When acquaintances learned that I was a sommelier on the floor of a restaurant, their eyes often lit up. “We’ve seen the documentary ‘Somm!’” they exclaimed. “I can’t believe you passed that test. It’s so difficult.” When I responded that I had not taken the Master Sommelier exam, their faces fell. “So you’re not a real sommelier,” they responded, disappointed.
With the rise of sommeliers in both restaurants and pop culture, more wine lovers are aware of formal certification programs like the Court of Master Sommeliers. Certification is seen by many as necessary proof of a sommelier’s skill level. But as more oenophiles without professional experience apply for and complete formal wine exams, certification is complicated. Those who hold certifications sometimes have no on-the-job sommelier experience, while some of the world’s best sommeliers have never pursued formal education.
It begs the question: Does sommelier certification matter?
The Allure of the Pin
Formally established in 1977, the Court of Master Sommeliers (CMS) hosted its first examination in 1969, and has since welcomed 236 Master Sommeliers into its ranks worldwide. To take the Master Sommelier diploma exam, applicants must pass three levels of qualifying exams: introductory, certified, and advanced. Certified Sommelier exams in major markets are often filled immediately upon announcements, and Advanced candidates must take a qualifying test just to be considered for the exam itself. Few of these applicants are invited to sit for the exam on first attempt.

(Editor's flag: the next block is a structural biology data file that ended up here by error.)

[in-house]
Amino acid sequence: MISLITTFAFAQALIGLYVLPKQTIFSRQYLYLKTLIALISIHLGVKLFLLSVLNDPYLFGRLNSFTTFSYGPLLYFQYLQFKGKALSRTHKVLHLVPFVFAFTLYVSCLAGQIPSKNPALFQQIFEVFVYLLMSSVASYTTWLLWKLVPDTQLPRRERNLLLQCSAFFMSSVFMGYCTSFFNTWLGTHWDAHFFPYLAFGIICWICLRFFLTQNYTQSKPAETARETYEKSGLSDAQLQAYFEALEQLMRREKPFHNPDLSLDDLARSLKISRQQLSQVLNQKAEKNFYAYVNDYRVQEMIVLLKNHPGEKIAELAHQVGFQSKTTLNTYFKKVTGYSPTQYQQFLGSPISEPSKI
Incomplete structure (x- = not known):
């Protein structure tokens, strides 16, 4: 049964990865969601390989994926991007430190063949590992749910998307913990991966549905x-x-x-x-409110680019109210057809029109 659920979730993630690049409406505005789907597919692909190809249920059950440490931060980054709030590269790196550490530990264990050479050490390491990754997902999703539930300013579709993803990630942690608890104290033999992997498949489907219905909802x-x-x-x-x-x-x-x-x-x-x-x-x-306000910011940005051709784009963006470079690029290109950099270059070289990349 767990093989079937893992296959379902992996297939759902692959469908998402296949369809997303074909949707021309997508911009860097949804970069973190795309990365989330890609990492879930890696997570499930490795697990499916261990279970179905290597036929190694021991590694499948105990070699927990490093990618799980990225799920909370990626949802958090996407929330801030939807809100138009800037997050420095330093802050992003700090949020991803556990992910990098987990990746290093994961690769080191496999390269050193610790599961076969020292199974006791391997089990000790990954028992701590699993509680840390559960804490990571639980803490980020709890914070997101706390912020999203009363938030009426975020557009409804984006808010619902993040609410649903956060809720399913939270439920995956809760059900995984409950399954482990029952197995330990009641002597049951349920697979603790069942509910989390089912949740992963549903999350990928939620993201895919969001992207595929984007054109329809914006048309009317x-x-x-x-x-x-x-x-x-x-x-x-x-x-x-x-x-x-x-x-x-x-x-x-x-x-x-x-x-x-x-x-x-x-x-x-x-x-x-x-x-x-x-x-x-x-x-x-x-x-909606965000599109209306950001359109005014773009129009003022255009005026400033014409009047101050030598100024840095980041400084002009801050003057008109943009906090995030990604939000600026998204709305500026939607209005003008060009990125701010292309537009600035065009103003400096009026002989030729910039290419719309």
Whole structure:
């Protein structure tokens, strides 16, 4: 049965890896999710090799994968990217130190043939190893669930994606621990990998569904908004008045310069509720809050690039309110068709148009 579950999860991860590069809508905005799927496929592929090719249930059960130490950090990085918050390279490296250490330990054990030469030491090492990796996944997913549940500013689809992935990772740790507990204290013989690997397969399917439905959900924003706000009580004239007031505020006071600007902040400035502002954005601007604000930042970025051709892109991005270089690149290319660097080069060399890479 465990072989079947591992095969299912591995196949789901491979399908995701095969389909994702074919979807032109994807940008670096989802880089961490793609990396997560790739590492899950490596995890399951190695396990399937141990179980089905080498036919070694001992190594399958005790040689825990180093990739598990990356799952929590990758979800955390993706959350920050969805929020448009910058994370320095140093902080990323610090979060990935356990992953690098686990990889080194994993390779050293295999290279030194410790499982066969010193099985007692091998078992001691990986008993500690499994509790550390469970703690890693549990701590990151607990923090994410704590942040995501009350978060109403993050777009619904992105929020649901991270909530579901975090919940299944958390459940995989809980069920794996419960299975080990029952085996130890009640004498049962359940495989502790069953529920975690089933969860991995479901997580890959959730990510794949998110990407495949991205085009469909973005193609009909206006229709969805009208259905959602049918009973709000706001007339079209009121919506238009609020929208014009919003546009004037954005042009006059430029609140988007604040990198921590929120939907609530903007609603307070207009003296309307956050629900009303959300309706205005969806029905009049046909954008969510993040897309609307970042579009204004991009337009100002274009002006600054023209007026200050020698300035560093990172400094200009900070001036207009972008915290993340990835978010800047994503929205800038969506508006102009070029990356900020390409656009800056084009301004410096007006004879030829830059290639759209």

Given the difficulty not only of gaining entrance to the Master Sommelier diploma exam, but of passing — the pass rate hovers around 8 percent, sometimes with as few as four candidates passing in a given year — those who choose to pursue it must have considerable motivations. Some note competitive natures, saying that the notion of passing increasingly difficult levels becomes addictive. Others have more eclectic reasons, such as being dared to take the first-level exam and getting sucked in, or requiring an educational pursuit for a visa application, like Pascaline Lepeltier, MS.
“I was lured into the CMS culture through some great mentors,” John Ragan, MS, senior director of operations at Union Square Hospitality Group in New York, says. “I was hungry to learn alongside like-minded people.” Ragan passed the Master Sommelier diploma exam in 2012.
It’s not a hard and fast rule, but many aspiring sommeliers are more likely to pursue formal certification if their mentors have also done so. Additionally, those seeking a sense of community and organization are drawn to the structure of the program.
“I didn’t choose to follow the path of MS because of a pin or designation,” says Bobby Stuckey, MS, owner of Frasca Food and Wine, LLC in Boulder, Colorado, who passed the MS exam in 2004. “I just knew that if I was going to do this profession, it was the only certified and logical next step to pursue your profession to the best degree.”
“Getting a certificate of some kind has perhaps become a shorter way to get a foot in the door for employment in wine, as opposed to working for years on the floor,” notes Juliette Pope, Louis/Dressner portfolio manager for David Bowler Wine and former beverage director of Gramercy Tavern. Other than the Institute of Masters of Wine/Wine and Spirits Education Trust, which is more popular outside the U.S. and does not focus on wine service, the Court of Master Sommeliers is the most widely recognized certification program for wine professionals.